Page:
Habits are powerful. In Daniel Kahneman’s book Thinking, Fast and Slow, he talks about habits as “the law of least effort,” saying “if there are several ways of achieving the same goal, people will eventually gravitate to the least demanding course of action.” It makes sense. Scientists have conducted numerous studies that have demonstrated that the human brain is constantly looking for ways to save effort. We’d all be completely overwhelmed if we fully considered every decision we made every minute of every day. Yet, we are typically taught to approach new product marketing as though every purchase decision is carefully and rationally considered.
We know from experience this is a false premise. We’ve seen the psychology of habituation play out in many consumer categories – from toothpaste to skincare to shampoo. We’ve also learned that habituation can be even more entrenched in healthcare and scientific categories where the customers are surgeons or scientists. While you might expect more considered and rational decision-making with these audiences, the simple truth is that the risks of stepping away from safe and proven habits is higher in their world. If a surgeon introduces a new device into their procedural workflow and it doesn’t work optimally, they could put a patient’s safety in jeopardy. A scientist looks skeptically upon changes in product or instrument mix because it could jeopardize the validity and comparability of years of longitudinal research.
What You Need to Know About Habits
So, if you are tasked with marketing a new product or solution to these types of audiences, how do you stand a chance at interrupting these entrenched habits? We think the first step is to acknowledge these habits exist. That will only get you so far. In order to get these audiences to change their tried and true workflow habits, you need to understand the mindsets, attitudes, and beliefs that are driving the habits in the first place.
Our perspective on getting underneath these habituation drivers is to explore them from multiple angles. Despite the sophistication level of physicians, surgeons, and scientists, we can never forget that they are also people. They are not immune to emotions, like fear of failure, influencing their choices or holding them back from trying something new, even in the presence of rational data to support the change. So, to truly understand what’s driving customer habits, we often advise clients to approach it through multiple lenses and to “go as native as possible” in their research approach (i.e., get as close to the “moment of truth” as possible in their surgical, patient care, or lab setting).
To explore habits with physicians or scientists, consider employing a combination of observational techniques, discussion techniques, and future-forward conversations.
• Observe them in situ. Whenever possible, watch the scientists’ workflow, observe the surgical procedure, etcetera. Carefully watch and map what they do, and the choices they make throughout. Their approaches can be so deeply ingrained that they won’t think to tell you about it in a discussion, but if you point it out to them after the fact, they can explain what motivates their approach (or product choice), when they learned it, and how they feel about it vs. alternative actions or choices.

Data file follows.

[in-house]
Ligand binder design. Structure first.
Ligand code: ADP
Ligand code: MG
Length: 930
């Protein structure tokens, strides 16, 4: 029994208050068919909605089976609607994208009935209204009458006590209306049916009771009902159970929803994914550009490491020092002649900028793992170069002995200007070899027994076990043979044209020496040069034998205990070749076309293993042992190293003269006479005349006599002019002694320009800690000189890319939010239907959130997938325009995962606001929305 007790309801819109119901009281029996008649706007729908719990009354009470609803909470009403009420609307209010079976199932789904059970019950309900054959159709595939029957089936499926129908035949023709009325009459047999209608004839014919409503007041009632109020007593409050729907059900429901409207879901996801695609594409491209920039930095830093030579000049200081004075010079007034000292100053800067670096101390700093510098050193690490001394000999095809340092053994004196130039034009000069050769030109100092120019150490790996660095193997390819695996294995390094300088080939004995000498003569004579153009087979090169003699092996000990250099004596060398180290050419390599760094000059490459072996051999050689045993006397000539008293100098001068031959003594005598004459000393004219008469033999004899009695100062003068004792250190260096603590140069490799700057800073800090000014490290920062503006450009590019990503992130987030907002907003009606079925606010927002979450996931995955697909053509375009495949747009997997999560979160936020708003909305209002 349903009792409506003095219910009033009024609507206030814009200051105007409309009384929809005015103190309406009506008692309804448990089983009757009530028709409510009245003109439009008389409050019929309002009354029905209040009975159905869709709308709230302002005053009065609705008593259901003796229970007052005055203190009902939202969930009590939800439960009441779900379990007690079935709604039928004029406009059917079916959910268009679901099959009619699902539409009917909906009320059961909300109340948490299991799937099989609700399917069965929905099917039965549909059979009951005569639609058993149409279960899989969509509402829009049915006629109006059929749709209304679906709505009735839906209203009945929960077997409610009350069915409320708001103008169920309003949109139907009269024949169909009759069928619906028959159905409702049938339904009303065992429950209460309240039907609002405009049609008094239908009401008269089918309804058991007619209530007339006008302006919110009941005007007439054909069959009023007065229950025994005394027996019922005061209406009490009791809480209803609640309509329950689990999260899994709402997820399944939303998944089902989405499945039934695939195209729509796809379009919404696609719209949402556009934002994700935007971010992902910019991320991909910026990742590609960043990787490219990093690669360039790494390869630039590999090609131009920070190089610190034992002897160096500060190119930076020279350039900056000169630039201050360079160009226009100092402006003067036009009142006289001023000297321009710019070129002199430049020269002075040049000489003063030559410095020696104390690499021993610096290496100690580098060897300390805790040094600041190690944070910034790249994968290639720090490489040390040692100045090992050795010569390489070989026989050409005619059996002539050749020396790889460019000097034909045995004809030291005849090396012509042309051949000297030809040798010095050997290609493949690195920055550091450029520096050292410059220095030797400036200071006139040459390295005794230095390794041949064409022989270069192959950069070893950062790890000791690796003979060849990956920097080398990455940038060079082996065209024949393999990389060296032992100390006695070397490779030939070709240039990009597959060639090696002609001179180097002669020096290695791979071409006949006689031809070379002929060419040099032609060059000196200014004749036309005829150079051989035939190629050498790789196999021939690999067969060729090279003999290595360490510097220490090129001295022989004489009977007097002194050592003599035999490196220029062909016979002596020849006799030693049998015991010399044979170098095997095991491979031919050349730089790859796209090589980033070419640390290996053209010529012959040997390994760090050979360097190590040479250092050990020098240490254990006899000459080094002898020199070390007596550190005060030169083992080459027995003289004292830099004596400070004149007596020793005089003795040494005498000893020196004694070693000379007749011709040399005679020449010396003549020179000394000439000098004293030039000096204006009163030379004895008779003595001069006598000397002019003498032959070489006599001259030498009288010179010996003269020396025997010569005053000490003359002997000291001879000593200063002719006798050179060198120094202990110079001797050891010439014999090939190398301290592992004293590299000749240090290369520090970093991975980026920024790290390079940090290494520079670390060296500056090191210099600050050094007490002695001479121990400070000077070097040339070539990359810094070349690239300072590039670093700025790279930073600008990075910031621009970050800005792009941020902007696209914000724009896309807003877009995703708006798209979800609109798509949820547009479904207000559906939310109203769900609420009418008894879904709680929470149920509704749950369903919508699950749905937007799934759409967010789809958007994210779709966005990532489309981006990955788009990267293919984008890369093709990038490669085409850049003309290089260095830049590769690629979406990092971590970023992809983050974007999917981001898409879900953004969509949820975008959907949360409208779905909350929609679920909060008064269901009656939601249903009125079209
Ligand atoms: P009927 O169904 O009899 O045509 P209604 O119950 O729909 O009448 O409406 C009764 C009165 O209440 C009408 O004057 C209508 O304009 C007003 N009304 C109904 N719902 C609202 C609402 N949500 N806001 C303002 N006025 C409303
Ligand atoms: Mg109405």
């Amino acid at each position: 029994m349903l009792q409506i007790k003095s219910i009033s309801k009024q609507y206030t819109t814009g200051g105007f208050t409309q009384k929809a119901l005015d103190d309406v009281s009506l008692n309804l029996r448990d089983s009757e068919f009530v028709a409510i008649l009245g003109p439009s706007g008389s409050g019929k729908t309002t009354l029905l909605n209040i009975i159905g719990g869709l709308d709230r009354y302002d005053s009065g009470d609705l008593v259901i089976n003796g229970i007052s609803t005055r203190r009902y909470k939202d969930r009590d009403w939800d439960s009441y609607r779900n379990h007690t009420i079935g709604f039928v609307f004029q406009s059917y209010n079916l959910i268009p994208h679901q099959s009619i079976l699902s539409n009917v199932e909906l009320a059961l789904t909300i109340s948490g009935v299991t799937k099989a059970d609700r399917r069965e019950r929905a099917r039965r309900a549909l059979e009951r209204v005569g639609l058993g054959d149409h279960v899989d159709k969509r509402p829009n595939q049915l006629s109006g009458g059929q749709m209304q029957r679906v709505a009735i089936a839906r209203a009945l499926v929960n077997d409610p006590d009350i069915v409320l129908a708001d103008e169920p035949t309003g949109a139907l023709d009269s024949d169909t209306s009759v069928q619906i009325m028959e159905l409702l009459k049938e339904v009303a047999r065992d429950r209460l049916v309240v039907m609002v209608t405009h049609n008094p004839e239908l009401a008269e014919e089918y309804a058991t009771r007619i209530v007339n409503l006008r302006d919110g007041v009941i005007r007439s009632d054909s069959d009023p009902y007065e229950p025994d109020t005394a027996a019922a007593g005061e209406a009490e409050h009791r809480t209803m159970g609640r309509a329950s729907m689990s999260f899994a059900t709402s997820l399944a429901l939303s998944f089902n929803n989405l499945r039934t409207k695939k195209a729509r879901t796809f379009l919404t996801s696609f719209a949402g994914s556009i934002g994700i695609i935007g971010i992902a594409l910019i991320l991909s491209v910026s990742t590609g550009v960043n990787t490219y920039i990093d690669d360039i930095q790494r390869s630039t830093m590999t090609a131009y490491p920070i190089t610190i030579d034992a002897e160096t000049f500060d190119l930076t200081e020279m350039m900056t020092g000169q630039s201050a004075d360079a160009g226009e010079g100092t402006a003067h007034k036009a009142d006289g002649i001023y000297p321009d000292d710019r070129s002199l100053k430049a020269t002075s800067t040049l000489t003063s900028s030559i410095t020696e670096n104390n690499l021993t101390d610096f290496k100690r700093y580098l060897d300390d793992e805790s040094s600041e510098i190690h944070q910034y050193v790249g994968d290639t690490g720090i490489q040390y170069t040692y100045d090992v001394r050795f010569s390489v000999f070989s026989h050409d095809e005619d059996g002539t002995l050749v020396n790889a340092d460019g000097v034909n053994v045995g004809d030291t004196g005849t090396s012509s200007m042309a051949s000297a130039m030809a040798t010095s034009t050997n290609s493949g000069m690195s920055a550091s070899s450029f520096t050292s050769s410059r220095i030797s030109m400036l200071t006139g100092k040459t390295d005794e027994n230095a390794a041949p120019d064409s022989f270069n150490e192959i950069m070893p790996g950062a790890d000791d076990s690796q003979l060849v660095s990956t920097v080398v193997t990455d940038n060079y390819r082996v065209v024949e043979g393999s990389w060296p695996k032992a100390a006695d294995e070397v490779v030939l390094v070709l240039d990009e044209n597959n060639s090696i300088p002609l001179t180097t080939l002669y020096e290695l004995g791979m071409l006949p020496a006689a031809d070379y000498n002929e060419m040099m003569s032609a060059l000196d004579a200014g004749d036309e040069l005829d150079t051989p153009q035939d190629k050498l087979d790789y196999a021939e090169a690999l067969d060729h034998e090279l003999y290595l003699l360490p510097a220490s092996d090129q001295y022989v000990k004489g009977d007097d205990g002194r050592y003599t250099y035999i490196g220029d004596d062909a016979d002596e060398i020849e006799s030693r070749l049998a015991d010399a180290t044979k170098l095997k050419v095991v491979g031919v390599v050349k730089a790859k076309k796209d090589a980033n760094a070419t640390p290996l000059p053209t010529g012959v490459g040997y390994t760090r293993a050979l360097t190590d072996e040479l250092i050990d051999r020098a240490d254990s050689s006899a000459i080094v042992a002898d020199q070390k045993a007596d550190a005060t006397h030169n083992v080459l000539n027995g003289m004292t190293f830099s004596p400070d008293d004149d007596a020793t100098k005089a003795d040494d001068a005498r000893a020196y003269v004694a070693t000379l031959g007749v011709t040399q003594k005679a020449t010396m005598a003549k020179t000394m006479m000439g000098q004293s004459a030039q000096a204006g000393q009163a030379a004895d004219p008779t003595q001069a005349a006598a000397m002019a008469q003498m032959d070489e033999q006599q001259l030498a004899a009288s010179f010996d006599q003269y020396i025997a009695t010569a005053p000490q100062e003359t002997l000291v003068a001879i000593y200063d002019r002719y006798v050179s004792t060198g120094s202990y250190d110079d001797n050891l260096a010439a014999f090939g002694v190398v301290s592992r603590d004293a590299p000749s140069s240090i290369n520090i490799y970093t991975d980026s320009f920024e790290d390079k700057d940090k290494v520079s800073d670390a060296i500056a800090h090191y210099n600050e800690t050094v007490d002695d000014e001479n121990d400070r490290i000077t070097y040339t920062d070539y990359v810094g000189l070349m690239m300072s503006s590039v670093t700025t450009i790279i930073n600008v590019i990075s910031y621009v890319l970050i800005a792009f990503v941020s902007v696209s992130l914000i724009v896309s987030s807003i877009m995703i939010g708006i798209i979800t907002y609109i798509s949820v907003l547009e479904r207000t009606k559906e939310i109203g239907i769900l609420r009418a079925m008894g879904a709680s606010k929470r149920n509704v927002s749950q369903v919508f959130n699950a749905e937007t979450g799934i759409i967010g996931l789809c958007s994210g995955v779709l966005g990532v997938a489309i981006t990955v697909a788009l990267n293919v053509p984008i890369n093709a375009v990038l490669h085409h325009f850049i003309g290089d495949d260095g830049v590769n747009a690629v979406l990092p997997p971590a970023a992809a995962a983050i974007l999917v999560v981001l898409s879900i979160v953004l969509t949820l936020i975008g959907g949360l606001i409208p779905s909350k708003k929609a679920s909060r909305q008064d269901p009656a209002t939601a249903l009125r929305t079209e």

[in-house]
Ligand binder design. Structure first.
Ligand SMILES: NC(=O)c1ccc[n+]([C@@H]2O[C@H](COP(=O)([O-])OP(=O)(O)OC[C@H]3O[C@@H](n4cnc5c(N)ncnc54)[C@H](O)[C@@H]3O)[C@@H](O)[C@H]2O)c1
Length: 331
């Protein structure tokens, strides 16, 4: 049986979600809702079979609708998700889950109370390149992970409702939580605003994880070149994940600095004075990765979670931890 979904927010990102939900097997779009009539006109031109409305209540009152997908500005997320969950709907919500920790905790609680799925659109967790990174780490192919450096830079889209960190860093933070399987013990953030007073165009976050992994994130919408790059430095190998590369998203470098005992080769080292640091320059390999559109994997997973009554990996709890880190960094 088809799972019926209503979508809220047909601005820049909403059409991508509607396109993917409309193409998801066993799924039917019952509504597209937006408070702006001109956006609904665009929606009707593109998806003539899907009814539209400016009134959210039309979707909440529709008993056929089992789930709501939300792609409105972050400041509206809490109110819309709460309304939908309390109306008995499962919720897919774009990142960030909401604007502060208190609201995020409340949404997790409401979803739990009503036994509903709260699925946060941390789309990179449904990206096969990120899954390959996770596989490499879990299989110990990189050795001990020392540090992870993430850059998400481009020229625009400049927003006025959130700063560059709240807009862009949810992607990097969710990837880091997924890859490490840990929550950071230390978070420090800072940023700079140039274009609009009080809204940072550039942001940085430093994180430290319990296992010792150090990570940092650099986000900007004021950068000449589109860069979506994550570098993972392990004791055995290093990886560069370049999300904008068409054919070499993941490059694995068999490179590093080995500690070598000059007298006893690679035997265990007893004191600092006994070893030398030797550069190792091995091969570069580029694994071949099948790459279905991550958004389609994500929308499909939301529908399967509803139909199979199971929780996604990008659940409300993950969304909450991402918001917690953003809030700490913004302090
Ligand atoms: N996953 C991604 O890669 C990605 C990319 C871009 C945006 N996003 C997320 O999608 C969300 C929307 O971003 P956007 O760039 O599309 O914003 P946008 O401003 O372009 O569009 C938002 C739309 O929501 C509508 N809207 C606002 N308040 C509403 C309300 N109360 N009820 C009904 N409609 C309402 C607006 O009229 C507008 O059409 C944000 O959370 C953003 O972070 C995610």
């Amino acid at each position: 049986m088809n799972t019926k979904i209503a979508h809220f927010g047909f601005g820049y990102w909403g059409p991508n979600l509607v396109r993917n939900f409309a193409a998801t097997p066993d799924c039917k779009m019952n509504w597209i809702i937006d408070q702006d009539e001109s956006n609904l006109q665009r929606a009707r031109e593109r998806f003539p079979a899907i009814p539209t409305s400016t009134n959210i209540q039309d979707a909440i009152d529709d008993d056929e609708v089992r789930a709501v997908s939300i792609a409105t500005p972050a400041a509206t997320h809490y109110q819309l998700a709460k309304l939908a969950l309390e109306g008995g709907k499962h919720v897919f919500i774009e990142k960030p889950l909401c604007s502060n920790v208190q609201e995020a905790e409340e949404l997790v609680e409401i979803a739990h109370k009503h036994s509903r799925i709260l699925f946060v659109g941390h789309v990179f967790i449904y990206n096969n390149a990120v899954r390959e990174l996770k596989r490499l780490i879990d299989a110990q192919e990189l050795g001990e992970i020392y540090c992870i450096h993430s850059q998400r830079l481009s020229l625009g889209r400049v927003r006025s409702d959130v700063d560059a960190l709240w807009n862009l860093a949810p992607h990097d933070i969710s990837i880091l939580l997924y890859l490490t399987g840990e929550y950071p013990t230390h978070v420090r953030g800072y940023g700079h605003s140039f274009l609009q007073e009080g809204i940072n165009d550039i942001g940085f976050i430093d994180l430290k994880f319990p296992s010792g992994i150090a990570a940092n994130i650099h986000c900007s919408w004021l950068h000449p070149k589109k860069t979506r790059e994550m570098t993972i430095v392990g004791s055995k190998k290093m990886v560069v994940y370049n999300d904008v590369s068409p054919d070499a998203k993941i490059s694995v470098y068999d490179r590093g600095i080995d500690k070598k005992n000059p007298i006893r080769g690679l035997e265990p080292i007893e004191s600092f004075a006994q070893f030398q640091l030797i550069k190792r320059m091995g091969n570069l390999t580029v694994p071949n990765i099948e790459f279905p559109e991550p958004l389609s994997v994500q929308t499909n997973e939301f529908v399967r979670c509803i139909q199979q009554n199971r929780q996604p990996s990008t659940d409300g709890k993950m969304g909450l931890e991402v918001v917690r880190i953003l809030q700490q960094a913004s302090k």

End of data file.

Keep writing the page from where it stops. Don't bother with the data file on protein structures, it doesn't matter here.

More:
• Discuss their workflow and habits. If your timeline and budget allows, create a “straddled” conversation on either side of your workflow/procedural observation. It summarizes their mindset going into their work, but it can also serve as a helpful reference point after your observation. For example: a surgeon may tell you they value advanced energy instrumentation for cutting and coagulation, but if they switch to a less advanced device in the middle of the procedure, it gives you the opportunity to understand why (what was it about that moment mid-procedure that caused you to switch instruments and was that just a nuance to that patient’s surgery, or existing standard)? These “disconnects” can reveal entrenched compensating behaviors that represent innovation opportunities if they can be solved.
• Explore their view of how the future may look. Within a one-on-one interview, use some carefully selected stimuli (on trends, innovation developments, changing economic, clinical, or reimbursement dynamics) to get them imagining how their workflow or surgical procedures may evolve in the future. The goal is to push them out of today and create a safe “thinking out loud” discussion about what might be possible. Seek to understand what they would have to know, and be reassured of, to even explore some of these new approaches in the future. Explore their ecosystem of influencers to determine who might be helpful in advancing change, and who is likely to resist and be a barrier, as well as where they need help influencing the ecosystem and advocating for their needs.
Turning Insights into Action
Once you fully understand your audience’s habits and the underlying motivations and drivers that created them, you will be in a far better position to interrupt those habits to the benefit of your product or solution. Habituation insights can clarify the true frame of reference for your new product and inform a marketing and sales plan that more credibly connects with your customer and opens their mind to new possibilities instead of hiding behind their workflow.
–– Patty Klingbiel is president and a principal of The Connell Group, a research and brand strategy consultancy based in Chicago. The Connell Group’s strong expertise and global experience in healthcare and life sciences research sets them apart in their ability to translate customer insights into more effective brand strategies and growth-driving actions for their clients.